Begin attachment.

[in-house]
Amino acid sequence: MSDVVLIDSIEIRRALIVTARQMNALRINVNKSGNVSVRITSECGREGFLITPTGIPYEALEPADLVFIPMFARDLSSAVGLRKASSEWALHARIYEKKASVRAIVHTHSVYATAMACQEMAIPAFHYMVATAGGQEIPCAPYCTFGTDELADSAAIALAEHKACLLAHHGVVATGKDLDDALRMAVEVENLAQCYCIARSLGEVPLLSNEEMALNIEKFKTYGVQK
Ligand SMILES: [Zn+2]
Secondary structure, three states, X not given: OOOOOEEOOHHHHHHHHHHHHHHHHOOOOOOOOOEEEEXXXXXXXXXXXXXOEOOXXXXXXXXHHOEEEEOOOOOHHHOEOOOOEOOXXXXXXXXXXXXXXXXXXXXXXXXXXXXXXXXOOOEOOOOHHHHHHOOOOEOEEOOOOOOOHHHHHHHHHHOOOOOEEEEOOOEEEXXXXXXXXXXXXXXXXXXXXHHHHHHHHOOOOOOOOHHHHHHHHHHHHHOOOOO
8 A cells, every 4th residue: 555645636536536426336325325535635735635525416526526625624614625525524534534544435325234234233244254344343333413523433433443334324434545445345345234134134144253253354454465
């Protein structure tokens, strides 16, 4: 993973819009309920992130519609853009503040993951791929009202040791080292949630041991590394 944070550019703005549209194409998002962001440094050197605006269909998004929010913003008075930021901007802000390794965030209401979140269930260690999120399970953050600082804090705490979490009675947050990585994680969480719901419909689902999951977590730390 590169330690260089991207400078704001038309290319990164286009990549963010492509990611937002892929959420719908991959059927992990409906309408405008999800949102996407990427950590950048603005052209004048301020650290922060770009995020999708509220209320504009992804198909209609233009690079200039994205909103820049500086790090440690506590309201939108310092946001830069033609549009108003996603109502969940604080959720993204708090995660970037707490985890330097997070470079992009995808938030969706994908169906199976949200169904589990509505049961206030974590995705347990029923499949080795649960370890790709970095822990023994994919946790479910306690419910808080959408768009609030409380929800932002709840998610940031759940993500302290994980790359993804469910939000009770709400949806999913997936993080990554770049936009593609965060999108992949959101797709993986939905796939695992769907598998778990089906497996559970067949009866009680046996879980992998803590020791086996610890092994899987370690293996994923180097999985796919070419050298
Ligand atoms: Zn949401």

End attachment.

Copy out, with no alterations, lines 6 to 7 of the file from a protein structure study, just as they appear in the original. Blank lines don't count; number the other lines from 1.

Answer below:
């Protein structure tokens, strides 16, 4: 993973819009309920992130519609853009503040993951791929009202040791080292949630041991590394 944070550019703005549209194409998002962001440094050197605006269909998004929010913003008075930021901007802000390794965030209401979140269930260690999120399970953050600082804090705490979490009675947050990585994680969480719901419909689902999951977590730390 590169330690260089991207400078704001038309290319990164286009990549963010492509990611937002892929959420719908991959059927992990409906309408405008999800949102996407990427950590950048603005052209004048301020650290922060770009995020999708509220209320504009992804198909209609233009690079200039994205909103820049500086790090440690506590309201939108310092946001830069033609549009108003996603109502969940604080959720993204708090995660970037707490985890330097997070470079992009995808938030969706994908169906199976949200169904589990509505049961206030974590995705347990029923499949080795649960370890790709970095822990023994994919946790479910306690419910808080959408768009609030409380929800932002709840998610940031759940993500302290994980790359993804469910939000009770709400949806999913997936993080990554770049936009593609965060999108992949959101797709993986939905796939695992769907598998778990089906497996559970067949009866009680046996879980992998803590020791086996610890092994899987370690293996994923180097999985796919070419050298
Ligand atoms: Zn949401």